DA Gascon's team is 'hellbent on blowing up the criminal-justice system in the name of progress' (Update)

Bryan Chan/County of Los Angeles via AP

This piece appeared today on Bari Weiss’ Substack site and it makes the case that LA County DA George Gascon isn’t just another progressive prosecutor looking to reform the criminal justice system, he’s something far more extreme. The story opens with the death of a man named Julian Andrade who was brutally murdered by a group of people who thought he’d stolen drugs from them.


Five men were charged in Julian Andrade’s death—beating and stabbing him, and then throwing him off a cliff, and then, when they heard him thrashing about, climbing down to pummel him some more. Two of them had known him in high school. They thought he’d stolen their weed.

He died slowly—from head trauma, blood loss and the cold. By the time his body was recovered, two days later, it had been ripped apart by bears or mountain cats.

Julian’s mother, Desiree Andrade, was expecting a long wait before the system dealt with her sons killers and that was before COVID hit. In December 2020, George Gascon was elected DA and immediately issued new rules for all of his prosecutors. Desiree got a call from Phil Stirling, the Assistant DA working on her son’s case:

The new D.A., Stirling explained, had issued nine directives that, among other things, eliminated “enhancements”—extra penalties for more serious crimes. Stirling had been hoping for life without parole for “the three heavies.” (The other two defendants were not thought to have played a central role in the murder.) But without the enhancement—Julian Andrade hadn’t simply been murdered but murdered during the commission of a kidnapping—the best they could hope for, he said, was 25 years in prison, which probably meant 20, since convicts often wind up serving 80 percent of their sentence.

It’s not just crime victims and family members who have a problem with Gascon’s brand of justice, it’s most of the prosecutors on his staff. Some of them quoted in the story say he ran as a progressive but that’s not actually what he is.


To a person, these prosecutors said that the problem was that Gascon had portrayed himself on the campaign trail as a progressive, and they thought that was a lie. They thought that he was captive to a radical agenda; that he wanted to blow the whole place up; that Black Lives Matter was now in charge of the criminal-justice system in Los Angeles; and that all of this was hurting the people the activists claimed to care about the most…

John Lewin, a deputy D.A. who has been in the Major Crimes Division for nearly two decades, said: “What happened is the D.A.’s Office was taken over by somebody who, in my opinion, has no interest in prosecuting criminals.” Another longtime deputy D.A. who voted for Gascon and has since revised his opinion told me: “Voters expect their district attorney to protect the public. Instead, they got a Trojan horse—a D.A. and his coterie of radicals and sycophants who are hellbent on blowing up the criminal-justice system in the name of ‘progress.’”…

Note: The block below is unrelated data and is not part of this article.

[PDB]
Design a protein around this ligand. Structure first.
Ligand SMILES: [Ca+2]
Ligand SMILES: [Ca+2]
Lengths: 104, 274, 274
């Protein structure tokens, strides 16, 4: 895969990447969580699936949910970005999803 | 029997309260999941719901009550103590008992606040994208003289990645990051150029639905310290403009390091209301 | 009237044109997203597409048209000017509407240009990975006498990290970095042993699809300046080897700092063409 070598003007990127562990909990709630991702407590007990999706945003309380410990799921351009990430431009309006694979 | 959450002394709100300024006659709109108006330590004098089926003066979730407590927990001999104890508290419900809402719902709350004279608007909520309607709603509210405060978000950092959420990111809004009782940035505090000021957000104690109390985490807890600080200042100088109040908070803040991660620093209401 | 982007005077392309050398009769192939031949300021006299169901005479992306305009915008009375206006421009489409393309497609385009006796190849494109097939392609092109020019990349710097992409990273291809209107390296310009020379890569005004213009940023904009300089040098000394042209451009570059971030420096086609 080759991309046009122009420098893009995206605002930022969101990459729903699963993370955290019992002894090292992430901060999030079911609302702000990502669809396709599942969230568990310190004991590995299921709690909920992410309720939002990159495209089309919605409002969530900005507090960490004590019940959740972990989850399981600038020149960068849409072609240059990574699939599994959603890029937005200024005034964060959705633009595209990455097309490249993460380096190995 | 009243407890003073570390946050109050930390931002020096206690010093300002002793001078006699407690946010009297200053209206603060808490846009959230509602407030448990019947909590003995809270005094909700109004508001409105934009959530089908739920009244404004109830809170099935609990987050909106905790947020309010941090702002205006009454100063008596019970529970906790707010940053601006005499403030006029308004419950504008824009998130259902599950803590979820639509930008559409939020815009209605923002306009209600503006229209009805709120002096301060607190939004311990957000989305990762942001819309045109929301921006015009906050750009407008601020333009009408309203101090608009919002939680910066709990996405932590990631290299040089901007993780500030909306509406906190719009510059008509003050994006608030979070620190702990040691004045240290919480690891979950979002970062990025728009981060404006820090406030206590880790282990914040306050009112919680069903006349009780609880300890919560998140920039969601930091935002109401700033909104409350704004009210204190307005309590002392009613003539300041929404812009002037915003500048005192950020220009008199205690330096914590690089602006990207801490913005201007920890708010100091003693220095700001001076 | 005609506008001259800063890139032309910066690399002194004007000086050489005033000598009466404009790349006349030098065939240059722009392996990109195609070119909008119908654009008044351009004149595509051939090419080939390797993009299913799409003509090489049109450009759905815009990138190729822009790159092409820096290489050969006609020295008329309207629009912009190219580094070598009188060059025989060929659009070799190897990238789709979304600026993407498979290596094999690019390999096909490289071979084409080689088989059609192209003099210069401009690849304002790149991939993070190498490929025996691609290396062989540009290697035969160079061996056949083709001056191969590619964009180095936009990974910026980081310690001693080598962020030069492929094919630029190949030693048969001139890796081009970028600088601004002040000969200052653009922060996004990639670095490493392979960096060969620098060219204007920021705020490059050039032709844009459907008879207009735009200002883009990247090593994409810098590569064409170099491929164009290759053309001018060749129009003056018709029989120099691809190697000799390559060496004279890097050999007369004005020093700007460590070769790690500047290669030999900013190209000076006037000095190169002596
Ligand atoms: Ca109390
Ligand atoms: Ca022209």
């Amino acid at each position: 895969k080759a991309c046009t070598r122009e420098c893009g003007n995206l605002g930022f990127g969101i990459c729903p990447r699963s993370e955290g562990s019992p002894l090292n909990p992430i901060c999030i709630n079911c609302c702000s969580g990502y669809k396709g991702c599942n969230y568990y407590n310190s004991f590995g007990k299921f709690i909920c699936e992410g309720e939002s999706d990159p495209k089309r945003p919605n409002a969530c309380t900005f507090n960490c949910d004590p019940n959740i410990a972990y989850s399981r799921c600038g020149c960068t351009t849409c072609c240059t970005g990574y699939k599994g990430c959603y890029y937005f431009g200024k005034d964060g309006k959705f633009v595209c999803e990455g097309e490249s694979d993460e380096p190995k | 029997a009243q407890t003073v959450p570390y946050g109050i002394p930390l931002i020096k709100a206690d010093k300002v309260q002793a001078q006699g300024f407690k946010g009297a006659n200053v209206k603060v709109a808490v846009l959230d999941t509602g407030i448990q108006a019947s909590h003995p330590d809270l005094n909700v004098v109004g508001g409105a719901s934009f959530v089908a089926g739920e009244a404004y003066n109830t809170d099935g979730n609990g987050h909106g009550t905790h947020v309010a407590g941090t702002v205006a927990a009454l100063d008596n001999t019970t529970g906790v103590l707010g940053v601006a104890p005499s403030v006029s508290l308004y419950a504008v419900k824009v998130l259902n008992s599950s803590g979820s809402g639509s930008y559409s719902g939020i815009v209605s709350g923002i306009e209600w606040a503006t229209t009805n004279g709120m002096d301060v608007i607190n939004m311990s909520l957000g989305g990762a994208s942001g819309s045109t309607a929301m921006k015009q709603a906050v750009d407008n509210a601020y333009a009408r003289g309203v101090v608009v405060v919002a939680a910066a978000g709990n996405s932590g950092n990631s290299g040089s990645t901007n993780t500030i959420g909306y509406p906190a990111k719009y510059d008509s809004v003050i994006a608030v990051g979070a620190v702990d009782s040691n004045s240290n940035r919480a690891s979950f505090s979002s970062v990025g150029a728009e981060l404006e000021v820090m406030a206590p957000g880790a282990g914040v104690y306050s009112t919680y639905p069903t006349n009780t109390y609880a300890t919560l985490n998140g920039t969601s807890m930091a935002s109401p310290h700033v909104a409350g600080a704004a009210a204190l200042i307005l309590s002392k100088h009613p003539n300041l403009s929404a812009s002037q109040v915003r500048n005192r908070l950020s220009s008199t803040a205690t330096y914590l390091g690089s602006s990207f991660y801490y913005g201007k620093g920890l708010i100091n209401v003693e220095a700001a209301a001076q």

All but the most serious juvenile crimes were to be treated with much greater leniency. “Let’s say a 17-year-old carjacks you and shoots you in the leg as I get away,” a prosecutor told me. “I have to file grand theft of a car—not carjacking, great bodily injury or the use of the gun.” The difference was a few months in juvenile detention versus several years in prison. “Deputy D.A.s are being forced to make up charges that don’t correlate to the facts of the crime,” he said.


That’s certainly what we saw recently with a hit and run case in which a 16-year-old who was already on probation stole a car and ran down a woman who was pushing her infant in a stroller and then tried to flee the scene. He wound up with a sentence of 5 months at a camp for juvenile offenders. Gascon’s office has defended that sentence as just. But others have pointed out that he could have been charged with assault with a deadly weapon, a felony that would have resulted in a strike under California law and a much longer sentence.

There’s an ongoing effort to recall Gascon which has been buoyed by the recent successful recall of DA Chesa Boudin in San Francisco. That effort has until next month to gather the needed signatures to get the recall on the ballot. At this point, it looks like they’ll make it with some room to spare. If so, we’ll get to see if Gascon’s policies are as unpopular in LA as they are in his own office.

Update: A timely announcement from the group working to recall Gascon.

The group working to recall Los Angeles County District Attorney George Gascon said it has collected the necessary number of signatures required to put the matter before voters.

…The group said it hit the target Wednesday but is working toward collecting 650,000 signatures as some will likely be deemed invalid by the Los Angeles County officials.

“Simply clearing the required threshold is not enough – we must build the necessary cushion for signatures that are inevitably invalidated,” a campaign statement said. We are urging every registered voter in Los Angeles County to mail in their petition by no later than June 24 to ensure they arrive on time, or alternatively, drop them off at one of our permanent signing locations by June 30.  The only thing that can stop us at this point is complacency.”


This is almost certainly going to make it on the ballot. Here’s hoping LA follows San Fran’s lead and tosses a progressive DA who seems more concerned with protecting criminals than crime victims.

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